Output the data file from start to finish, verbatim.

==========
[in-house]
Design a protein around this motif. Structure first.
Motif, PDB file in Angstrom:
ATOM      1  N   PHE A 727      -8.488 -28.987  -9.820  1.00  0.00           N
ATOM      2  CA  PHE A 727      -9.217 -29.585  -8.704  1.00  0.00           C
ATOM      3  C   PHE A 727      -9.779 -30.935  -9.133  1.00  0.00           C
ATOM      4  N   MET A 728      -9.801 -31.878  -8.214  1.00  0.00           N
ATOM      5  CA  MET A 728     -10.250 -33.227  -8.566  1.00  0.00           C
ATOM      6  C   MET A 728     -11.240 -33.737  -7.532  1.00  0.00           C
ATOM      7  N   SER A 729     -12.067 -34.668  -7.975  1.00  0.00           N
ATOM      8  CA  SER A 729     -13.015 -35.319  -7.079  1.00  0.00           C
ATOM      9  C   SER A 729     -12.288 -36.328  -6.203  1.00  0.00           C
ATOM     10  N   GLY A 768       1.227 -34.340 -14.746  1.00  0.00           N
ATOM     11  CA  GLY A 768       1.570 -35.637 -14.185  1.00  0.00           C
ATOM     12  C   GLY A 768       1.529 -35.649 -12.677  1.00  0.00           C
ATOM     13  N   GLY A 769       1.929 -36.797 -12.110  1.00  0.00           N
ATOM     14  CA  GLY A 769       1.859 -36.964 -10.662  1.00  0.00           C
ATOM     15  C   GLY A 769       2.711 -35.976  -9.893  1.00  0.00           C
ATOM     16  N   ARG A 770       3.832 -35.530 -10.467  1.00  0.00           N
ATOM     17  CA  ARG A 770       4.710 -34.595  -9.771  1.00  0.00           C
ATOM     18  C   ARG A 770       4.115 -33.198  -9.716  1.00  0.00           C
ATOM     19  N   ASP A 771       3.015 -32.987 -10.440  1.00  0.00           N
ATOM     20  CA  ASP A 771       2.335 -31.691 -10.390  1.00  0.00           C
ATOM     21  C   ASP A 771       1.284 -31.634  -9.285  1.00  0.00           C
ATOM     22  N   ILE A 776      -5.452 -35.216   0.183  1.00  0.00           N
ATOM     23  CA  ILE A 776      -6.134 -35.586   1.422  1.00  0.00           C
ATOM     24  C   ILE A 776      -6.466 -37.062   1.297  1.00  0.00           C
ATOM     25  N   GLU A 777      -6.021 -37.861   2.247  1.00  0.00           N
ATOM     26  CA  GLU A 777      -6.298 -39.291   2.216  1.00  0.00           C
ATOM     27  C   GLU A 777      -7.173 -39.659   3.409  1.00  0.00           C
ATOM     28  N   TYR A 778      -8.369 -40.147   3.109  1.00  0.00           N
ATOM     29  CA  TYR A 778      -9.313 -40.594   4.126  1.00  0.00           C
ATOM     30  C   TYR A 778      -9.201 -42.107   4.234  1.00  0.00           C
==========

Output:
[in-house]
Design a protein around this motif. Structure first.
Motif, PDB file in Angstrom:
ATOM      1  N   PHE A 727      -8.488 -28.987  -9.820  1.00  0.00           N
ATOM      2  CA  PHE A 727      -9.217 -29.585  -8.704  1.00  0.00           C
ATOM      3  C   PHE A 727      -9.779 -30.935  -9.133  1.00  0.00           C
ATOM      4  N   MET A 728      -9.801 -31.878  -8.214  1.00  0.00           N
ATOM      5  CA  MET A 728     -10.250 -33.227  -8.566  1.00  0.00           C
ATOM      6  C   MET A 728     -11.240 -33.737  -7.532  1.00  0.00           C
ATOM      7  N   SER A 729     -12.067 -34.668  -7.975  1.00  0.00           N
ATOM      8  CA  SER A 729     -13.015 -35.319  -7.079  1.00  0.00           C
ATOM      9  C   SER A 729     -12.288 -36.328  -6.203  1.00  0.00           C
ATOM     10  N   GLY A 768       1.227 -34.340 -14.746  1.00  0.00           N
ATOM     11  CA  GLY A 768       1.570 -35.637 -14.185  1.00  0.00           C
ATOM     12  C   GLY A 768       1.529 -35.649 -12.677  1.00  0.00           C
ATOM     13  N   GLY A 769       1.929 -36.797 -12.110  1.00  0.00           N
ATOM     14  CA  GLY A 769       1.859 -36.964 -10.662  1.00  0.00           C
ATOM     15  C   GLY A 769       2.711 -35.976  -9.893  1.00  0.00           C
ATOM     16  N   ARG A 770       3.832 -35.530 -10.467  1.00  0.00           N
ATOM     17  CA  ARG A 770       4.710 -34.595  -9.771  1.00  0.00           C
ATOM     18  C   ARG A 770       4.115 -33.198  -9.716  1.00  0.00           C
ATOM     19  N   ASP A 771       3.015 -32.987 -10.440  1.00  0.00           N
ATOM     20  CA  ASP A 771       2.335 -31.691 -10.390  1.00  0.00           C
ATOM     21  C   ASP A 771       1.284 -31.634  -9.285  1.00  0.00           C
ATOM     22  N   ILE A 776      -5.452 -35.216   0.183  1.00  0.00           N
ATOM     23  CA  ILE A 776      -6.134 -35.586   1.422  1.00  0.00           C
ATOM     24  C   ILE A 776      -6.466 -37.062   1.297  1.00  0.00           C
ATOM     25  N   GLU A 777      -6.021 -37.861   2.247  1.00  0.00           N
ATOM     26  CA  GLU A 777      -6.298 -39.291   2.216  1.00  0.00           C
ATOM     27  C   GLU A 777      -7.173 -39.659   3.409  1.00  0.00           C
ATOM     28  N   TYR A 778      -8.369 -40.147   3.109  1.00  0.00           N
ATOM     29  CA  TYR A 778      -9.313 -40.594   4.126  1.00  0.00           C
ATOM     30  C   TYR A 778      -9.201 -42.107   4.234  1.00  0.00           C